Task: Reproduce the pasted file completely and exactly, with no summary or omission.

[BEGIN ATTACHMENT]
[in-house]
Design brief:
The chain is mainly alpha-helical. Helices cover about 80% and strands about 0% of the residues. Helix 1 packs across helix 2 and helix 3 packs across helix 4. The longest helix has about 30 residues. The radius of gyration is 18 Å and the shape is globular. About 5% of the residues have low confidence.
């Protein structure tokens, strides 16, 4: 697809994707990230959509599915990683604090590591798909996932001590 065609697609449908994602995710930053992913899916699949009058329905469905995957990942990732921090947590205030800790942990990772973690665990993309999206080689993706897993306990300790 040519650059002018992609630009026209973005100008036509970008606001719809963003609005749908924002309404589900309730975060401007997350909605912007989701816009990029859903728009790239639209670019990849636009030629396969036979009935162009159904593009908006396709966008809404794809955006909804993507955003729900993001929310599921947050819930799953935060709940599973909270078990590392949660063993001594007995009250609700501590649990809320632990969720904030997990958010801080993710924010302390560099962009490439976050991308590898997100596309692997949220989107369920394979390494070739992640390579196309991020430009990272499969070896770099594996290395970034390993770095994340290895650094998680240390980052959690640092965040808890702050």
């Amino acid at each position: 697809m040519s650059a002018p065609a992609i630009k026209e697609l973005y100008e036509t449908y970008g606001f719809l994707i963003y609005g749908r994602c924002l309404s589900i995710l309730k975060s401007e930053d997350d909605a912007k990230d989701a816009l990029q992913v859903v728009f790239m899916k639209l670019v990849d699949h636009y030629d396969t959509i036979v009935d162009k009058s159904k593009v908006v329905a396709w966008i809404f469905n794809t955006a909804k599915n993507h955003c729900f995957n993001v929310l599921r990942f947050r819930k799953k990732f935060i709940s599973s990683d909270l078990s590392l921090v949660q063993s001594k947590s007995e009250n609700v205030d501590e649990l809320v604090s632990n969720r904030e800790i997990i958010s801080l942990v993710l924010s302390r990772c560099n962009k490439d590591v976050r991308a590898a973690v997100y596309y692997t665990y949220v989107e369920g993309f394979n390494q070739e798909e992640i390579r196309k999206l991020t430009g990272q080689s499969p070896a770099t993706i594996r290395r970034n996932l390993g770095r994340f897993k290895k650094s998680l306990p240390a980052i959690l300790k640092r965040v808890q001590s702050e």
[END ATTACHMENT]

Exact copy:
[in-house]
Design brief:
The chain is mainly alpha-helical. Helices cover about 80% and strands about 0% of the residues. Helix 1 packs across helix 2 and helix 3 packs across helix 4. The longest helix has about 30 residues. The radius of gyration is 18 Å and the shape is globular. About 5% of the residues have low confidence.
């Protein structure tokens, strides 16, 4: 697809994707990230959509599915990683604090590591798909996932001590 065609697609449908994602995710930053992913899916699949009058329905469905995957990942990732921090947590205030800790942990990772973690665990993309999206080689993706897993306990300790 040519650059002018992609630009026209973005100008036509970008606001719809963003609005749908924002309404589900309730975060401007997350909605912007989701816009990029859903728009790239639209670019990849636009030629396969036979009935162009159904593009908006396709966008809404794809955006909804993507955003729900993001929310599921947050819930799953935060709940599973909270078990590392949660063993001594007995009250609700501590649990809320632990969720904030997990958010801080993710924010302390560099962009490439976050991308590898997100596309692997949220989107369920394979390494070739992640390579196309991020430009990272499969070896770099594996290395970034390993770095994340290895650094998680240390980052959690640092965040808890702050």
């Amino acid at each position: 697809m040519s650059a002018p065609a992609i630009k026209e697609l973005y100008e036509t449908y970008g606001f719809l994707i963003y609005g749908r994602c924002l309404s589900i995710l309730k975060s401007e930053d997350d909605a912007k990230d989701a816009l990029q992913v859903v728009f790239m899916k639209l670019v990849d699949h636009y030629d396969t959509i036979v009935d162009k009058s159904k593009v908006v329905a396709w966008i809404f469905n794809t955006a909804k599915n993507h955003c729900f995957n993001v929310l599921r990942f947050r819930k799953k990732f935060i709940s599973s990683d909270l078990s590392l921090v949660q063993s001594k947590s007995e009250n609700v205030d501590e649990l809320v604090s632990n969720r904030e800790i997990i958010s801080l942990v993710l924010s302390r990772c560099n962009k490439d590591v976050r991308a590898a973690v997100y596309y692997t665990y949220v989107e369920g993309f394979n390494q070739e798909e992640i390579r196309k999206l991020t430009g990272q080689s499969p070896a770099t993706i594996r290395r970034n996932l390993g770095r994340f897993k290895k650094s998680l306990p240390a980052i959690l300790k640092r965040v808890q001590s702050e």